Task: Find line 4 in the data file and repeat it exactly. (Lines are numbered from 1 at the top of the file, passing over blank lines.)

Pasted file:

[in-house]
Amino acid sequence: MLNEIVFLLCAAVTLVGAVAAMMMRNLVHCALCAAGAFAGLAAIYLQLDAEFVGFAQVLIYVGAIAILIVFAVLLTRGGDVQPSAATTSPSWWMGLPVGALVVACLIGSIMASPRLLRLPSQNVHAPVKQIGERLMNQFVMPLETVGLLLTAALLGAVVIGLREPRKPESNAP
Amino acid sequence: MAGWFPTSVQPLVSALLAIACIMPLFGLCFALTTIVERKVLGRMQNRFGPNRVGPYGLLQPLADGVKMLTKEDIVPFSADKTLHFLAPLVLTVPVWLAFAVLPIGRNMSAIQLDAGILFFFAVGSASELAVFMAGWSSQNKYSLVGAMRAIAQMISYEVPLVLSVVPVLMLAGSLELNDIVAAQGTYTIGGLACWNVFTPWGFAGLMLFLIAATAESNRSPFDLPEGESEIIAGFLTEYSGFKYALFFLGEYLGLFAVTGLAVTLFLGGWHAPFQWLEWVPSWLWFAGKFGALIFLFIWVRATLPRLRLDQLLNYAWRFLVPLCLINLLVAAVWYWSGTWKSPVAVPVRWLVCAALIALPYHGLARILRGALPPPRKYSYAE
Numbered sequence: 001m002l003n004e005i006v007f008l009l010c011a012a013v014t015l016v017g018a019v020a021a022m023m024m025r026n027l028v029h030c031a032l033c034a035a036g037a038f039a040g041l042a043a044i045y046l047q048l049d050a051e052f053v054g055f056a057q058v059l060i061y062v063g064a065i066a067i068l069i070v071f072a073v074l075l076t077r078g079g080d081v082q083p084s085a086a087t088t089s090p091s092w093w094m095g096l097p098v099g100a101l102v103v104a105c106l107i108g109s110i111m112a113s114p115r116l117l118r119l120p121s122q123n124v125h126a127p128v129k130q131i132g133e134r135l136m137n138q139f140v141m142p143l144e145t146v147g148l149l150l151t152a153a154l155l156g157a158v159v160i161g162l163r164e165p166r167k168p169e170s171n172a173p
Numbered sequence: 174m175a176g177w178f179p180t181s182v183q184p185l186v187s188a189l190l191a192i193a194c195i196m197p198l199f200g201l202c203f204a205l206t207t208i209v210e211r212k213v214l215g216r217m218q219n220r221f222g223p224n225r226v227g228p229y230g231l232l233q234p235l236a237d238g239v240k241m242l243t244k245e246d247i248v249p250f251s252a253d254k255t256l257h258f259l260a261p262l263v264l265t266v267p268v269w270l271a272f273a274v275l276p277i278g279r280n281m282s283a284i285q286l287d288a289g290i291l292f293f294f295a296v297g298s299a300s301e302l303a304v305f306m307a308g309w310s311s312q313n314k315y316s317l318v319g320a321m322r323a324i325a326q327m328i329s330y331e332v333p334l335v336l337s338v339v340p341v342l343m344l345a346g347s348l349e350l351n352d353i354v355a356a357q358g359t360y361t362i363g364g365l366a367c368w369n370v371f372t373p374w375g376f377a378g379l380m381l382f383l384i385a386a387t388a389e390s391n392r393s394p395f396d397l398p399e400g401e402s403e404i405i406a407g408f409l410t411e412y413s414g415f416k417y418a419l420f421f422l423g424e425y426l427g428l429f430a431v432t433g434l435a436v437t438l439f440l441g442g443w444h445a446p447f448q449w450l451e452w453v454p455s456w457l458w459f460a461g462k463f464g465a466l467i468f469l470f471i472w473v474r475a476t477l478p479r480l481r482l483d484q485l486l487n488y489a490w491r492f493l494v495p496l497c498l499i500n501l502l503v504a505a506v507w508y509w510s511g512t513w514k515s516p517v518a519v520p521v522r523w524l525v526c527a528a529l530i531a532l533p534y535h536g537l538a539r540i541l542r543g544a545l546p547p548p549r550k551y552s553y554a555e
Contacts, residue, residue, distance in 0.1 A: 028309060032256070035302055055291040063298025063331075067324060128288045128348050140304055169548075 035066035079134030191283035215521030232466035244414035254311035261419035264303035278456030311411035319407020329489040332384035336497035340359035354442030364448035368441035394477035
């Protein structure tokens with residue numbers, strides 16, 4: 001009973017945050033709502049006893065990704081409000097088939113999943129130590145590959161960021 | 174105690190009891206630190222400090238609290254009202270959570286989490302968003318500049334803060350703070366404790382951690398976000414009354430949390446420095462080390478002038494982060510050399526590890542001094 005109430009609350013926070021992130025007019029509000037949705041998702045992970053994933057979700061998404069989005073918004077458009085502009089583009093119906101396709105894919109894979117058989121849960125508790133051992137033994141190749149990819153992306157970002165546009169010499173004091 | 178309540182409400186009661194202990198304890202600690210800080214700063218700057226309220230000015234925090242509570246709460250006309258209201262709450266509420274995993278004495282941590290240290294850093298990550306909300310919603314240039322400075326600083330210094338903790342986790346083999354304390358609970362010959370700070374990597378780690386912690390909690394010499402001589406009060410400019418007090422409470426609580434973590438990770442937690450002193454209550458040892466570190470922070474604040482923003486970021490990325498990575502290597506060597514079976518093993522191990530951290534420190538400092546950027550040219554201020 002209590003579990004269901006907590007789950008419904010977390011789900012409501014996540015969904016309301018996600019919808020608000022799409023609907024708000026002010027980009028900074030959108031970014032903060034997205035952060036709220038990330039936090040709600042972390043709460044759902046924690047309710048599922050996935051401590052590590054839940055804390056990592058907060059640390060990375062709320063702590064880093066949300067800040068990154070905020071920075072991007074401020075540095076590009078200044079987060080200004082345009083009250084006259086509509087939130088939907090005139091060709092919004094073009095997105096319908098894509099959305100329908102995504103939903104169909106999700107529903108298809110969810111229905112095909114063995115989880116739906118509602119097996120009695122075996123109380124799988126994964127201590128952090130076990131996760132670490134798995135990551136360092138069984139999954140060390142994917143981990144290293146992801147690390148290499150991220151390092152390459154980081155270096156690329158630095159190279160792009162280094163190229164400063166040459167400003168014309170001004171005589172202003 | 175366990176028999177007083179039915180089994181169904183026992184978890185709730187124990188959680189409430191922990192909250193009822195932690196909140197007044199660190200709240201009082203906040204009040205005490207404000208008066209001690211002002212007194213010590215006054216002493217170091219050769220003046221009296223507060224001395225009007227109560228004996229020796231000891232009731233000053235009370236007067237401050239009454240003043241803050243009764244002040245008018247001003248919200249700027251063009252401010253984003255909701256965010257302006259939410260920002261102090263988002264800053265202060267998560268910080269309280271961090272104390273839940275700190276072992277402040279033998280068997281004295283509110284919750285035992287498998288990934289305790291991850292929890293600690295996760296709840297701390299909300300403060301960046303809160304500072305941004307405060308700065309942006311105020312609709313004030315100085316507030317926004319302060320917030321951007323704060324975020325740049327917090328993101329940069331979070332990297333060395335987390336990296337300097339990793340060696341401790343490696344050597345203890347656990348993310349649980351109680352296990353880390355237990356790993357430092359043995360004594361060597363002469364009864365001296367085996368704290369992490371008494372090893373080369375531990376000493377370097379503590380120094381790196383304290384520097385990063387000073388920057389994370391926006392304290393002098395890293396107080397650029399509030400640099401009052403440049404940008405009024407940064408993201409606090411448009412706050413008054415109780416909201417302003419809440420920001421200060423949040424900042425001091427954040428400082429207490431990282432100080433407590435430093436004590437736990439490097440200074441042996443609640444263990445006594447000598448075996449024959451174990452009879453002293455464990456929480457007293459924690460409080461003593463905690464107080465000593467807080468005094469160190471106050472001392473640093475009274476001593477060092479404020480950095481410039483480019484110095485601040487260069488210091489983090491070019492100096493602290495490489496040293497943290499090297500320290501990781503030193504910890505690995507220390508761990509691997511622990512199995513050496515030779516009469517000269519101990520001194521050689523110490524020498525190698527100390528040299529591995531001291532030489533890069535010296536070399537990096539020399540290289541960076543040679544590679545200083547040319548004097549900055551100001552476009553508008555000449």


Numbered sequence: 001m002l003n004e005i006v007f008l009l010c011a012a013v014t015l016v017g018a019v020a021a022m023m024m025r026n027l028v029h030c031a032l033c034a035a036g037a038f039a040g041l042a043a044i045y046l047q048l049d050a051e052f053v054g055f056a057q058v059l060i061y062v063g064a065i066a067i068l069i070v071f072a073v074l075l076t077r078g079g080d081v082q083p084s085a086a087t088t089s090p091s092w093w094m095g096l097p098v099g100a101l102v103v104a105c106l107i108g109s110i111m112a113s114p115r116l117l118r119l120p121s122q123n124v125h126a127p128v129k130q131i132g133e134r135l136m137n138q139f140v141m142p143l144e145t146v147g148l149l150l151t152a153a154l155l156g157a158v159v160i161g162l163r164e165p166r167k168p169e170s171n172a173p